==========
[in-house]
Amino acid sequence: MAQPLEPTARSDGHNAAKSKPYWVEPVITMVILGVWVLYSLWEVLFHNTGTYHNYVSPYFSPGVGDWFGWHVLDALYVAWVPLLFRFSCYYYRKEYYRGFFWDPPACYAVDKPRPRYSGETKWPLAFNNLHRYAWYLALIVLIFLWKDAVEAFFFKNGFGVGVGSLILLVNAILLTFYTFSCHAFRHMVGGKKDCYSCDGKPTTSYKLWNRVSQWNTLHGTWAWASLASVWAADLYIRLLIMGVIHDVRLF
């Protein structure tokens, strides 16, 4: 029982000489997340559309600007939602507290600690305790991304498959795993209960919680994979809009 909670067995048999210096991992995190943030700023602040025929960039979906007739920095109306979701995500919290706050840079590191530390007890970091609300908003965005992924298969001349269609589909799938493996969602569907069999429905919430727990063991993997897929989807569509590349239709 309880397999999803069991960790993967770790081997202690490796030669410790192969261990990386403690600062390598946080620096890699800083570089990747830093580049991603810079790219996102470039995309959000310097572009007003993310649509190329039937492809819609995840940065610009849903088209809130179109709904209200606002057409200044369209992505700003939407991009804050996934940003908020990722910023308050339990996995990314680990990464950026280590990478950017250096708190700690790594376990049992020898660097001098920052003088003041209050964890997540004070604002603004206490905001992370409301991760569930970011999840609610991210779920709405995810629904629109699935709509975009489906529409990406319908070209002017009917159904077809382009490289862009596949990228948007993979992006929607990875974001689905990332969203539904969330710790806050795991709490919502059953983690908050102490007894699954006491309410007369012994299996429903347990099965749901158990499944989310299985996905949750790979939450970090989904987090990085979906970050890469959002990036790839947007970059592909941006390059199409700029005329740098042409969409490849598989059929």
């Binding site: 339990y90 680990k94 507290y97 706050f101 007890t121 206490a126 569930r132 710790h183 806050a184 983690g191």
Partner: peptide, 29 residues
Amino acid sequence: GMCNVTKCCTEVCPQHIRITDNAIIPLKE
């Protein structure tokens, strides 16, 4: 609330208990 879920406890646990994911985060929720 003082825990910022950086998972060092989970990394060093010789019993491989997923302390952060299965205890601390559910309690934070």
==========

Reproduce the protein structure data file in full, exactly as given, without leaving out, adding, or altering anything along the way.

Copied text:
[in-house]
Amino acid sequence: MAQPLEPTARSDGHNAAKSKPYWVEPVITMVILGVWVLYSLWEVLFHNTGTYHNYVSPYFSPGVGDWFGWHVLDALYVAWVPLLFRFSCYYYRKEYYRGFFWDPPACYAVDKPRPRYSGETKWPLAFNNLHRYAWYLALIVLIFLWKDAVEAFFFKNGFGVGVGSLILLVNAILLTFYTFSCHAFRHMVGGKKDCYSCDGKPTTSYKLWNRVSQWNTLHGTWAWASLASVWAADLYIRLLIMGVIHDVRLF
């Protein structure tokens, strides 16, 4: 029982000489997340559309600007939602507290600690305790991304498959795993209960919680994979809009 909670067995048999210096991992995190943030700023602040025929960039979906007739920095109306979701995500919290706050840079590191530390007890970091609300908003965005992924298969001349269609589909799938493996969602569907069999429905919430727990063991993997897929989807569509590349239709 309880397999999803069991960790993967770790081997202690490796030669410790192969261990990386403690600062390598946080620096890699800083570089990747830093580049991603810079790219996102470039995309959000310097572009007003993310649509190329039937492809819609995840940065610009849903088209809130179109709904209200606002057409200044369209992505700003939407991009804050996934940003908020990722910023308050339990996995990314680990990464950026280590990478950017250096708190700690790594376990049992020898660097001098920052003088003041209050964890997540004070604002603004206490905001992370409301991760569930970011999840609610991210779920709405995810629904629109699935709509975009489906529409990406319908070209002017009917159904077809382009490289862009596949990228948007993979992006929607990875974001689905990332969203539904969330710790806050795991709490919502059953983690908050102490007894699954006491309410007369012994299996429903347990099965749901158990499944989310299985996905949750790979939450970090989904987090990085979906970050890469959002990036790839947007970059592909941006390059199409700029005329740098042409969409490849598989059929």
């Binding site: 339990y90 680990k94 507290y97 706050f101 007890t121 206490a126 569930r132 710790h183 806050a184 983690g191």
Partner: peptide, 29 residues
Amino acid sequence: GMCNVTKCCTEVCPQHIRITDNAIIPLKE
């Protein structure tokens, strides 16, 4: 609330208990 879920406890646990994911985060929720 003082825990910022950086998972060092989970990394060093010789019993491989997923302390952060299965205890601390559910309690934070």